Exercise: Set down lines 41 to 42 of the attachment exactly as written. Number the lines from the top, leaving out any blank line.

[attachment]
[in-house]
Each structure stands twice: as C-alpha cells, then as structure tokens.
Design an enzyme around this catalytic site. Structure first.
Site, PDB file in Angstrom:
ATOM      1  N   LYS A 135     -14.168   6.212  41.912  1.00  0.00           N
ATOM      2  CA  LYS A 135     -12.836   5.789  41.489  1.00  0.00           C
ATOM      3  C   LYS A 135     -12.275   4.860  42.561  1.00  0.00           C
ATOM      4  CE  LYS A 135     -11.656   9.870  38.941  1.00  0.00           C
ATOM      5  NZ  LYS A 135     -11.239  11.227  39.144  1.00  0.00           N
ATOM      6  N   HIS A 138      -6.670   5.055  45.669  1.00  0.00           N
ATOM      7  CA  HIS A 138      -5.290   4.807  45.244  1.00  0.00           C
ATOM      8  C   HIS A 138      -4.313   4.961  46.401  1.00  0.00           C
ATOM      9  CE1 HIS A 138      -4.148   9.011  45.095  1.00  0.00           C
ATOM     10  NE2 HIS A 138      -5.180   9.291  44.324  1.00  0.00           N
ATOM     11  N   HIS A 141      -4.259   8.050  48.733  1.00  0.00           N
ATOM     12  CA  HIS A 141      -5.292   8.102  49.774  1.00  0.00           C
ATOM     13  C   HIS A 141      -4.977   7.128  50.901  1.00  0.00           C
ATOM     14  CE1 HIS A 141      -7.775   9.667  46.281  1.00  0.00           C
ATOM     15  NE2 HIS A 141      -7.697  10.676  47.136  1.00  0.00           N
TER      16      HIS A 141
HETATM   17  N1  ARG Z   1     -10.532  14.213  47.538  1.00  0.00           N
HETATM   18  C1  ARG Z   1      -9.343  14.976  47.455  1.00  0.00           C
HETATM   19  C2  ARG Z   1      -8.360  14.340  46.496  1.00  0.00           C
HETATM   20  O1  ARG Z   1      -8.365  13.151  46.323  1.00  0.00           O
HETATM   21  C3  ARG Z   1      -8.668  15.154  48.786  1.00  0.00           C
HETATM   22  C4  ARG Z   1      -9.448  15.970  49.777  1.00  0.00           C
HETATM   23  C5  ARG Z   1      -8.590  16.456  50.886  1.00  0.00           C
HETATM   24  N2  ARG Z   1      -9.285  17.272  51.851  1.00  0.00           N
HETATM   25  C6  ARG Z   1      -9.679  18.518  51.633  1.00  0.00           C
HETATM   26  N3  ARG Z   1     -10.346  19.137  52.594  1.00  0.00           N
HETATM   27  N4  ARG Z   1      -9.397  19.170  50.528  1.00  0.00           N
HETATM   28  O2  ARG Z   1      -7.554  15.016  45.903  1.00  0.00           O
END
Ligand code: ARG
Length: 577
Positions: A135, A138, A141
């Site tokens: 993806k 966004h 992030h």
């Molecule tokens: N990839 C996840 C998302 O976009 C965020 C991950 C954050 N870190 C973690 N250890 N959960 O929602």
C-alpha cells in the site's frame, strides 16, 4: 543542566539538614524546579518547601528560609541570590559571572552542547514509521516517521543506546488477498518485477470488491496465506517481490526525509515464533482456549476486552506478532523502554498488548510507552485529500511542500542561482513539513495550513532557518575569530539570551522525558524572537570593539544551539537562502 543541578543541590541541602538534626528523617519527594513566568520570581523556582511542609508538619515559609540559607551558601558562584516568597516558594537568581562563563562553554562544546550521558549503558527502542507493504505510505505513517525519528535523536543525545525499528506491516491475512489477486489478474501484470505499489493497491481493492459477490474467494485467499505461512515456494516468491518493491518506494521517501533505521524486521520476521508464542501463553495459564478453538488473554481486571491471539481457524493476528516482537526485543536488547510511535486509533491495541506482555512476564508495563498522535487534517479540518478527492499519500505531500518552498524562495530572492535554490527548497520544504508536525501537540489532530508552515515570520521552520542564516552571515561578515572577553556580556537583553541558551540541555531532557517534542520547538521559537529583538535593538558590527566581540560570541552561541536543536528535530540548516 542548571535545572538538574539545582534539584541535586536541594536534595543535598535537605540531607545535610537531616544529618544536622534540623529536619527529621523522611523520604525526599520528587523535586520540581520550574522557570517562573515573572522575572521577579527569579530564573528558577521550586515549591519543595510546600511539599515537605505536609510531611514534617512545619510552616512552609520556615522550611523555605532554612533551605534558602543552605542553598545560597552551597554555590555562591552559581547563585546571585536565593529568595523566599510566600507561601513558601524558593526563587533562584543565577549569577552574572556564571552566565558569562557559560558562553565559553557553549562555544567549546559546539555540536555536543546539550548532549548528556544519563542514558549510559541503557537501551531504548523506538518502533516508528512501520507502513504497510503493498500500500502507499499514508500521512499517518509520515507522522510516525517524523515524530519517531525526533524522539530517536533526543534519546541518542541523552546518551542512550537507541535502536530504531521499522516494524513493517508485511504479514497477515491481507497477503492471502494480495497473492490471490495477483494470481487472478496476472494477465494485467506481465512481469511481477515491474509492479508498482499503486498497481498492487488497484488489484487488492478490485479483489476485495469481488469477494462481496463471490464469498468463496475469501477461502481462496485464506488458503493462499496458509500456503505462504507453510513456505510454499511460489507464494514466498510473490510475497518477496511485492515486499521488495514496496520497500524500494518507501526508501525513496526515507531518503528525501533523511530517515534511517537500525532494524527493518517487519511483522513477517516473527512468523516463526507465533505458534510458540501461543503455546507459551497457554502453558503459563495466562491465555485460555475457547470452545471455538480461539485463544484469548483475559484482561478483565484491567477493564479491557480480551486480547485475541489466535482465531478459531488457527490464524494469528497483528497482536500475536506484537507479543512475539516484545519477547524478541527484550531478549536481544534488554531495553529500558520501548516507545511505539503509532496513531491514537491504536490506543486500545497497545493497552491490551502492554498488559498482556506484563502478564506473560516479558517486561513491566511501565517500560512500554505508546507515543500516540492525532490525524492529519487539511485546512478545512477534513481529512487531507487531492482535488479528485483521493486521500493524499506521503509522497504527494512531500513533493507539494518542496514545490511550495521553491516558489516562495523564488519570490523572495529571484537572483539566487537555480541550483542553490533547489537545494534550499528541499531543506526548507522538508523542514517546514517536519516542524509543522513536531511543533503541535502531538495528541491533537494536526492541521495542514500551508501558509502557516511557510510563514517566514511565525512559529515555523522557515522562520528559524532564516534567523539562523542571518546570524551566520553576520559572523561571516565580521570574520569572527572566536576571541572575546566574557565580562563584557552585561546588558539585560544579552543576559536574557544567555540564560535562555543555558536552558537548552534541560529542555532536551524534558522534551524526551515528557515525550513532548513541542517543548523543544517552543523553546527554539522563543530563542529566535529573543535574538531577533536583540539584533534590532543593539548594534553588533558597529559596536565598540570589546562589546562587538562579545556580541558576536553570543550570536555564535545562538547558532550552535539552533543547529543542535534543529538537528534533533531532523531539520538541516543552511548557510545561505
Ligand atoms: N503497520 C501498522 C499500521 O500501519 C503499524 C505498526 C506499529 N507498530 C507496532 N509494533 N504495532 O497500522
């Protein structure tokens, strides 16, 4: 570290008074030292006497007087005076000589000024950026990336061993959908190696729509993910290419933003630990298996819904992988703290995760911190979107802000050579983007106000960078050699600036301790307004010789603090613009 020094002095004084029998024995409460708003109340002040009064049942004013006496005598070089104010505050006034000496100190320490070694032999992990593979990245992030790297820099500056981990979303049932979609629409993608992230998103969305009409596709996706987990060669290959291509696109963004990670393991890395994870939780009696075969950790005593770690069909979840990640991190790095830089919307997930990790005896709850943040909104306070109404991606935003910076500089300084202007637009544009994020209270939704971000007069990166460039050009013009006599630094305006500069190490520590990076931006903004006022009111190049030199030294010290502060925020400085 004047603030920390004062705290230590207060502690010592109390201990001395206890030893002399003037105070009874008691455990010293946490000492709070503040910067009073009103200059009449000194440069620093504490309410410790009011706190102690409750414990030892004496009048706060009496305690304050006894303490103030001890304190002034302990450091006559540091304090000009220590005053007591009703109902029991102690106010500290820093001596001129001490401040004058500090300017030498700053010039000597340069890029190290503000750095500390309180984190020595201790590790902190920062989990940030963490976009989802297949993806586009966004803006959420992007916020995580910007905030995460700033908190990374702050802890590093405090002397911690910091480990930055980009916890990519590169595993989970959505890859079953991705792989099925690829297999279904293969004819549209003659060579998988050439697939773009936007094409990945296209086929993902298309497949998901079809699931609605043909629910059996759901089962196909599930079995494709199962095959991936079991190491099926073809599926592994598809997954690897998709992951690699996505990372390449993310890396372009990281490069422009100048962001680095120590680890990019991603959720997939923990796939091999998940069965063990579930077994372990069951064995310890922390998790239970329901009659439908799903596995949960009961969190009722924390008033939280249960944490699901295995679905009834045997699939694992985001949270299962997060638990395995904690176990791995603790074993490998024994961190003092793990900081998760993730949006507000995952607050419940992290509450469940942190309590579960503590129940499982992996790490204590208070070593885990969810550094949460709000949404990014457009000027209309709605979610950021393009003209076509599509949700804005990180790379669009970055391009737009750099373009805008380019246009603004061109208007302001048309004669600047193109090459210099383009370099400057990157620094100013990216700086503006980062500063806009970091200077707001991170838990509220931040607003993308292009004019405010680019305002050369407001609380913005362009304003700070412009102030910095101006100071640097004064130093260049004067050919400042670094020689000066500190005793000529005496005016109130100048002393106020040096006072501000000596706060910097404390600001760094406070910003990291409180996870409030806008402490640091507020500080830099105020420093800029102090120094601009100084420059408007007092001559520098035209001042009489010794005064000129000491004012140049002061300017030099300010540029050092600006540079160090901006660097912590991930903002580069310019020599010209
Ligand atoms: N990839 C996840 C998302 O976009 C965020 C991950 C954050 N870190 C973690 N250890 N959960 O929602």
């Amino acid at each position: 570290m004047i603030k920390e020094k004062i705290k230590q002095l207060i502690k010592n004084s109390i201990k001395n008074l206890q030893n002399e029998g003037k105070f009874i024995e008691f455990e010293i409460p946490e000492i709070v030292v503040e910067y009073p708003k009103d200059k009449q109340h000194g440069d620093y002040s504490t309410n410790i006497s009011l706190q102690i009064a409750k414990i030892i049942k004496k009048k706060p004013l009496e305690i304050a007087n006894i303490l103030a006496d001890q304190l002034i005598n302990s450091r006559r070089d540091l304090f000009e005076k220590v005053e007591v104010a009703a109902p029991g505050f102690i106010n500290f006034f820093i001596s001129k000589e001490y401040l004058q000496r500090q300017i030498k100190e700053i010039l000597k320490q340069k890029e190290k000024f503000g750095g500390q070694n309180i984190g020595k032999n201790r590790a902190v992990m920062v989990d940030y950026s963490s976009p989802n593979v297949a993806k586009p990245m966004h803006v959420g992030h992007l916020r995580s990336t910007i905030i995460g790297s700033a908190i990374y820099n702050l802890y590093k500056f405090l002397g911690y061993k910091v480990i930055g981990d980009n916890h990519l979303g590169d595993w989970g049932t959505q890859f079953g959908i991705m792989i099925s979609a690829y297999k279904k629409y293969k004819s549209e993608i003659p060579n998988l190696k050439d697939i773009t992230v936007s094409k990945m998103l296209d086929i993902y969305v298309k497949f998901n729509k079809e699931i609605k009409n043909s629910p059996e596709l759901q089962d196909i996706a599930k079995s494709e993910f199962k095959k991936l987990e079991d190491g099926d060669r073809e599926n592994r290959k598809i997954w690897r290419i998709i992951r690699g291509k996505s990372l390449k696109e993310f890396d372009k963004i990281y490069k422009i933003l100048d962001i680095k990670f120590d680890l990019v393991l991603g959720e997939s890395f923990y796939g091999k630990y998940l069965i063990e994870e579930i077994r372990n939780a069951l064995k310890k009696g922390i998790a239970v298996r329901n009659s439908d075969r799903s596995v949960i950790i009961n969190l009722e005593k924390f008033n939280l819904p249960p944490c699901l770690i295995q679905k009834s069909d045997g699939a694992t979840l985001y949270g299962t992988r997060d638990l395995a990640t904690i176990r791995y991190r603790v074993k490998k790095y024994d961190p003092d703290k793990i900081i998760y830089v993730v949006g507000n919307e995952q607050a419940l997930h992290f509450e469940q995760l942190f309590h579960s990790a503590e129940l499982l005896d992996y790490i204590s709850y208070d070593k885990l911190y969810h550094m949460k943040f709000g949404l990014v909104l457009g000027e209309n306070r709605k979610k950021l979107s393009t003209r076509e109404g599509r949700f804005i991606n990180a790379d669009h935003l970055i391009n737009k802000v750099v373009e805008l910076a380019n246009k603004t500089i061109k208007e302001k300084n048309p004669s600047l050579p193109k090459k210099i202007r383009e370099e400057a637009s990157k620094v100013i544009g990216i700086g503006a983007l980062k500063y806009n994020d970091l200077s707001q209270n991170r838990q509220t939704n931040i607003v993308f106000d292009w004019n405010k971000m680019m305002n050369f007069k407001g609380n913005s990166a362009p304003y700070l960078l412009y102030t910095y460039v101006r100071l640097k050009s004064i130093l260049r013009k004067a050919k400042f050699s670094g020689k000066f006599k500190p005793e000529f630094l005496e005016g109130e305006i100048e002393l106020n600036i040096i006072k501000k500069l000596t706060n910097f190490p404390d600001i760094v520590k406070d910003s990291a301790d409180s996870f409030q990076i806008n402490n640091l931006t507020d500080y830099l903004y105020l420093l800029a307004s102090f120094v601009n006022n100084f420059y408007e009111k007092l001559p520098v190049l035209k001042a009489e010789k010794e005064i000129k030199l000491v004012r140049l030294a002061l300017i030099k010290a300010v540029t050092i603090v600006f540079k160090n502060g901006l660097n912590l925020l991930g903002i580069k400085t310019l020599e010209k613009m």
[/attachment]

């Protein structure tokens, strides 16, 4: 570290008074030292006497007087005076000589000024950026990336061993959908190696729509993910290419933003630990298996819904992988703290995760911190979107802000050579983007106000960078050699600036301790307004010789603090613009 020094002095004084029998024995409460708003109340002040009064049942004013006496005598070089104010505050006034000496100190320490070694032999992990593979990245992030790297820099500056981990979303049932979609629409993608992230998103969305009409596709996706987990060669290959291509696109963004990670393991890395994870939780009696075969950790005593770690069909979840990640991190790095830089919307997930990790005896709850943040909104306070109404991606935003910076500089300084202007637009544009994020209270939704971000007069990166460039050009013009006599630094305006500069190490520590990076931006903004006022009111190049030199030294010290502060925020400085 004047603030920390004062705290230590207060502690010592109390201990001395206890030893002399003037105070009874008691455990010293946490000492709070503040910067009073009103200059009449000194440069620093504490309410410790009011706190102690409750414990030892004496009048706060009496305690304050006894303490103030001890304190002034302990450091006559540091304090000009220590005053007591009703109902029991102690106010500290820093001596001129001490401040004058500090300017030498700053010039000597340069890029190290503000750095500390309180984190020595201790590790902190920062989990940030963490976009989802297949993806586009966004803006959420992007916020995580910007905030995460700033908190990374702050802890590093405090002397911690910091480990930055980009916890990519590169595993989970959505890859079953991705792989099925690829297999279904293969004819549209003659060579998988050439697939773009936007094409990945296209086929993902298309497949998901079809699931609605043909629910059996759901089962196909599930079995494709199962095959991936079991190491099926073809599926592994598809997954690897998709992951690699996505990372390449993310890396372009990281490069422009100048962001680095120590680890990019991603959720997939923990796939091999998940069965063990579930077994372990069951064995310890922390998790239970329901009659439908799903596995949960009961969190009722924390008033939280249960944490699901295995679905009834045997699939694992985001949270299962997060638990395995904690176990791995603790074993490998024994961190003092793990900081998760993730949006507000995952607050419940992290509450469940942190309590579960503590129940499982992996790490204590208070070593885990969810550094949460709000949404990014457009000027209309709605979610950021393009003209076509599509949700804005990180790379669009970055391009737009750099373009805008380019246009603004061109208007302001048309004669600047193109090459210099383009370099400057990157620094100013990216700086503006980062500063806009970091200077707001991170838990509220931040607003993308292009004019405010680019305002050369407001609380913005362009304003700070412009102030910095101006100071640097004064130093260049004067050919400042670094020689000066500190005793000529005496005016109130100048002393106020040096006072501000000596706060910097404390600001760094406070910003990291409180996870409030806008402490640091507020500080830099105020420093800029102090120094601009100084420059408007007092001559520098035209001042009489010794005064000129000491004012140049002061300017030099300010540029050092600006540079160090901006660097912590991930903002580069310019020599010209
Ligand atoms: N990839 C996840 C998302 O976009 C965020 C991950 C954050 N870190 C973690 N250890 N959960 O929602």